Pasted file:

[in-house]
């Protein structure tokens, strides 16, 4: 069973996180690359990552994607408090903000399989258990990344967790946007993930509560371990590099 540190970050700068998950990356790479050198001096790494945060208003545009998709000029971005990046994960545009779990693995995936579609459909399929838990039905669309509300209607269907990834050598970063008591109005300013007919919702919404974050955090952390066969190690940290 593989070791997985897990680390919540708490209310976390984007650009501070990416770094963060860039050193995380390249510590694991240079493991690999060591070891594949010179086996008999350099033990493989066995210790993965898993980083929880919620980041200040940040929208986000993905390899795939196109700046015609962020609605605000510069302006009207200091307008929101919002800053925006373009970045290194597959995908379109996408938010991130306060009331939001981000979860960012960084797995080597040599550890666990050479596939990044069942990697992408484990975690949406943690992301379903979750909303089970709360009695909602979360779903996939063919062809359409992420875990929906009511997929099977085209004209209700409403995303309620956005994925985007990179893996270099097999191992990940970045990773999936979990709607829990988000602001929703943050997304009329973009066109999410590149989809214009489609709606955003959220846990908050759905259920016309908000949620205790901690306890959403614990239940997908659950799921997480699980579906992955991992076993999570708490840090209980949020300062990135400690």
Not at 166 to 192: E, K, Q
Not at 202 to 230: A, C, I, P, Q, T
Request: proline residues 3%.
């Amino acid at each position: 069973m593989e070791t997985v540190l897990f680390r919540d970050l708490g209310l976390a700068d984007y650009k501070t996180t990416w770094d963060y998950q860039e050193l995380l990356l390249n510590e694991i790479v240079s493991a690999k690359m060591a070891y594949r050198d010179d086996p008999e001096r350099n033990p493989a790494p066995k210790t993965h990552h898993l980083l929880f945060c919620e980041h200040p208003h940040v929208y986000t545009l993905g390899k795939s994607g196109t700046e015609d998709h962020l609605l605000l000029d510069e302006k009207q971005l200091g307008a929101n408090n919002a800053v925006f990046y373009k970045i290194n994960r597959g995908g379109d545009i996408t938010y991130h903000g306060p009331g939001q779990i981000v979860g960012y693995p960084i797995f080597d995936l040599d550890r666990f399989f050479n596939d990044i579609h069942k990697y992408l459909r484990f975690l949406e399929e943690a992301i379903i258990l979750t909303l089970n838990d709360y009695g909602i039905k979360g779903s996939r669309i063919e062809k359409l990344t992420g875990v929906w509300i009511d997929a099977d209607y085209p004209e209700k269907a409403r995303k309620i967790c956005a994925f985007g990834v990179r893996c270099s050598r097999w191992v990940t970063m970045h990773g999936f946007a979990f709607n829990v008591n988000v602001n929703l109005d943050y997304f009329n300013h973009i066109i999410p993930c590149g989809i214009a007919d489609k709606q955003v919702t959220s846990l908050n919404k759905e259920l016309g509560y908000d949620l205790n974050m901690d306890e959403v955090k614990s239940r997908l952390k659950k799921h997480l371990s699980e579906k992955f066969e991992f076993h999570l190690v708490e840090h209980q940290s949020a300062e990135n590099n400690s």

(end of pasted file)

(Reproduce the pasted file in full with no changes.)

[in-house]
């Protein structure tokens, strides 16, 4: 069973996180690359990552994607408090903000399989258990990344967790946007993930509560371990590099 540190970050700068998950990356790479050198001096790494945060208003545009998709000029971005990046994960545009779990693995995936579609459909399929838990039905669309509300209607269907990834050598970063008591109005300013007919919702919404974050955090952390066969190690940290 593989070791997985897990680390919540708490209310976390984007650009501070990416770094963060860039050193995380390249510590694991240079493991690999060591070891594949010179086996008999350099033990493989066995210790993965898993980083929880919620980041200040940040929208986000993905390899795939196109700046015609962020609605605000510069302006009207200091307008929101919002800053925006373009970045290194597959995908379109996408938010991130306060009331939001981000979860960012960084797995080597040599550890666990050479596939990044069942990697992408484990975690949406943690992301379903979750909303089970709360009695909602979360779903996939063919062809359409992420875990929906009511997929099977085209004209209700409403995303309620956005994925985007990179893996270099097999191992990940970045990773999936979990709607829990988000602001929703943050997304009329973009066109999410590149989809214009489609709606955003959220846990908050759905259920016309908000949620205790901690306890959403614990239940997908659950799921997480699980579906992955991992076993999570708490840090209980949020300062990135400690």
Not at 166 to 192: E, K, Q
Not at 202 to 230: A, C, I, P, Q, T
Request: proline residues 3%.
């Amino acid at each position: 069973m593989e070791t997985v540190l897990f680390r919540d970050l708490g209310l976390a700068d984007y650009k501070t996180t990416w770094d963060y998950q860039e050193l995380l990356l390249n510590e694991i790479v240079s493991a690999k690359m060591a070891y594949r050198d010179d086996p008999e001096r350099n033990p493989a790494p066995k210790t993965h990552h898993l980083l929880f945060c919620e980041h200040p208003h940040v929208y986000t545009l993905g390899k795939s994607g196109t700046e015609d998709h962020l609605l605000l000029d510069e302006k009207q971005l200091g307008a929101n408090n919002a800053v925006f990046y373009k970045i290194n994960r597959g995908g379109d545009i996408t938010y991130h903000g306060p009331g939001q779990i981000v979860g960012y693995p960084i797995f080597d995936l040599d550890r666990f399989f050479n596939d990044i579609h069942k990697y992408l459909r484990f975690l949406e399929e943690a992301i379903i258990l979750t909303l089970n838990d709360y009695g909602i039905k979360g779903s996939r669309i063919e062809k359409l990344t992420g875990v929906w509300i009511d997929a099977d209607y085209p004209e209700k269907a409403r995303k309620i967790c956005a994925f985007g990834v990179r893996c270099s050598r097999w191992v990940t970063m970045h990773g999936f946007a979990f709607n829990v008591n988000v602001n929703l109005d943050y997304f009329n300013h973009i066109i999410p993930c590149g989809i214009a007919d489609k709606q955003v919702t959220s846990l908050n919404k759905e259920l016309g509560y908000d949620l205790n974050m901690d306890e959403v955090k614990s239940r997908l952390k659950k799921h997480l371990s699980e579906k992955f066969e991992f076993h999570l190690v708490e840090h209980q940290s949020a300062e990135n590099n400690s």